Protestors Agitate Outside Rubio's Empty Office
Traffic along Bird Road slowed to a crawl Thursday morning. Blaring horns and rally cries could be heard echoing over the creeping vehicles around SW Tenth Street, long before the cause had come into view.
The pink coquina façade of the International Bank was obscured by an ocean of umbrella-waving, furious mothers. Somewhere in the bank, the office of Speaker of the House Marco Rubio sat empty. The women surged onto the steps, blocking the entrance to the building, only to have a pair of West Dade police officers gently escort them back to the sidewalk. They trickled forward again, like the tide.
The cops looked miserable – painfully sympathetic. When I approached one officer and asked how many times he had moved the protesters, he shot me a hunted look. “Why are you fucking with me, bro?” he asked.
A cacophony of indignant Spanish came out of a small bullhorn as a line of women begged the absent Rubio to allocate “rainy day” funds for the home and community services funded by state-supplied Medicaid money. The funding is used to provide home and community care for individuals with developmental disabilities, including nurses at home, transportation, and educational, recreational and social programs.
The money, they fear, is being used to plug the state’s deficit of more than $100 million while there are more than 13,000 families on the wait list to receive such funding.
The rally itself had been organized primarily by the companies that provide services to the families. The crowd did include several of the patrons, however.
“They wanna take money from us,” said Miriam Gil, a 40 year old woman who spoke slowly and walked with a slight hunch. Miriam, who said she was retarded, lives with her parents in Hialeah. Her father, a 75 year-old printer, continues to work to pay for her care. Miriam is extremely functional. Gina Martinez, a short raspy-voiced Medicaid Waiver Provider, stroked Miriam’s hair as she spoke. Martinez takes Miriam to frequent chiropractic appointments, ceramics classes, and social events with other developmentally disabled individuals.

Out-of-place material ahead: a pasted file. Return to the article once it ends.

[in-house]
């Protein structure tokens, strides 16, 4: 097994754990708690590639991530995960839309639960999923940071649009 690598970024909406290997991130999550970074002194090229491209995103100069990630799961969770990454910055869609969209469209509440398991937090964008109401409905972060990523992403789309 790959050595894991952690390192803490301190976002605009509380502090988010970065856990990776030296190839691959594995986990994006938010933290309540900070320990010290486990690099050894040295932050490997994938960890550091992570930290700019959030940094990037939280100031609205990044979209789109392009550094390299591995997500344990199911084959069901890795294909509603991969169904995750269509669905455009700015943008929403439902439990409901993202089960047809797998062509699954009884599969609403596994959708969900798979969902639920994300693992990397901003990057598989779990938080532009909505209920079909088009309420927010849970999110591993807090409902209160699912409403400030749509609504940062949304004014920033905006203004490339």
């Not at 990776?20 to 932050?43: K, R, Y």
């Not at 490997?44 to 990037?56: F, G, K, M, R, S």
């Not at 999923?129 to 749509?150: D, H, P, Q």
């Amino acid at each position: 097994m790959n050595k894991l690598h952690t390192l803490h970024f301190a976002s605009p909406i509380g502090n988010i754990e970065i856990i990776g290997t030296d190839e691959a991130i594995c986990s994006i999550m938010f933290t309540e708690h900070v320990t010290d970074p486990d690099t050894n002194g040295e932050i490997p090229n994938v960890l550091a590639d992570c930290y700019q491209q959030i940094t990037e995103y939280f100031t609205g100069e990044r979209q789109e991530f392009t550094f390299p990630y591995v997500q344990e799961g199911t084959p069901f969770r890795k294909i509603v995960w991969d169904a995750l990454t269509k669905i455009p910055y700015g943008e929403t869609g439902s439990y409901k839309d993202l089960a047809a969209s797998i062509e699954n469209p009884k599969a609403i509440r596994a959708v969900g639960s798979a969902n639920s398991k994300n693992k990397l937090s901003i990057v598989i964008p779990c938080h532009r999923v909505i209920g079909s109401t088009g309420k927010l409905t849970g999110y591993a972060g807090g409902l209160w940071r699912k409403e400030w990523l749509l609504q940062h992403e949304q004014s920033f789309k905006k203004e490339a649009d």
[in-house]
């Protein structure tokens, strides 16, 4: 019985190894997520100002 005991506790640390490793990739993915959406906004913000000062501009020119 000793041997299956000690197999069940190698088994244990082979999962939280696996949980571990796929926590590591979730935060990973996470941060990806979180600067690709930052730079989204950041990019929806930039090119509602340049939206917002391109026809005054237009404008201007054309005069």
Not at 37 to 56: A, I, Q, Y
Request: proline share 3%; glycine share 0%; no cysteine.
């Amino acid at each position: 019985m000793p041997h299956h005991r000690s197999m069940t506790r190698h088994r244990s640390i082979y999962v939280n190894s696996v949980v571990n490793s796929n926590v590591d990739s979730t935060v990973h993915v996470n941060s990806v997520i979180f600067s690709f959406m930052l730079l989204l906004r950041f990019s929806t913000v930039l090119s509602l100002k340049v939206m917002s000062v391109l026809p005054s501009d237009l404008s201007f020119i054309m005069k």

“Without the money,” Mirmiam said, “I’m going to just stay home all day.”
This is a different situation, cried 71 year-old Caridad Rodriguez, indicating her 40 year old son, who hung his head and held her hand as she spoke.
“My son has behavioral problems,” she cried. “He’s destructive and self-destructive. My Medicaid waiver gives me money to hire someone to be in our house every day. If they take that away, what am I going to do? I’m old.”
Rubio was in Tallahassee and missed the protest, which ended at noon. He could not be reached for comment. In a press release, Rubio cited an expanding deficit, and alluded to the changes as necessary and progressive. “Our responsibility is to put policies in place that help families and assure that state funds are used wisely to benefit the greatest number of people,” the release explained. “To accomplish this goal, the House budget adds more than $100 million in additional funds in order to cover the deficit and provide services to about 300 more people.”
The Agency for Persons with Disabilities (APD) is running at a deficit left by the administration of Jeb Bush. Governor Charlie Crist has asked that the House of Representatives “fully fund the deficit,” according to Kathy Torain, Crist’s deputy press Secretary. “He knows that the senate president and house speaker will do the right thing,” she said. --Calvin Godfrey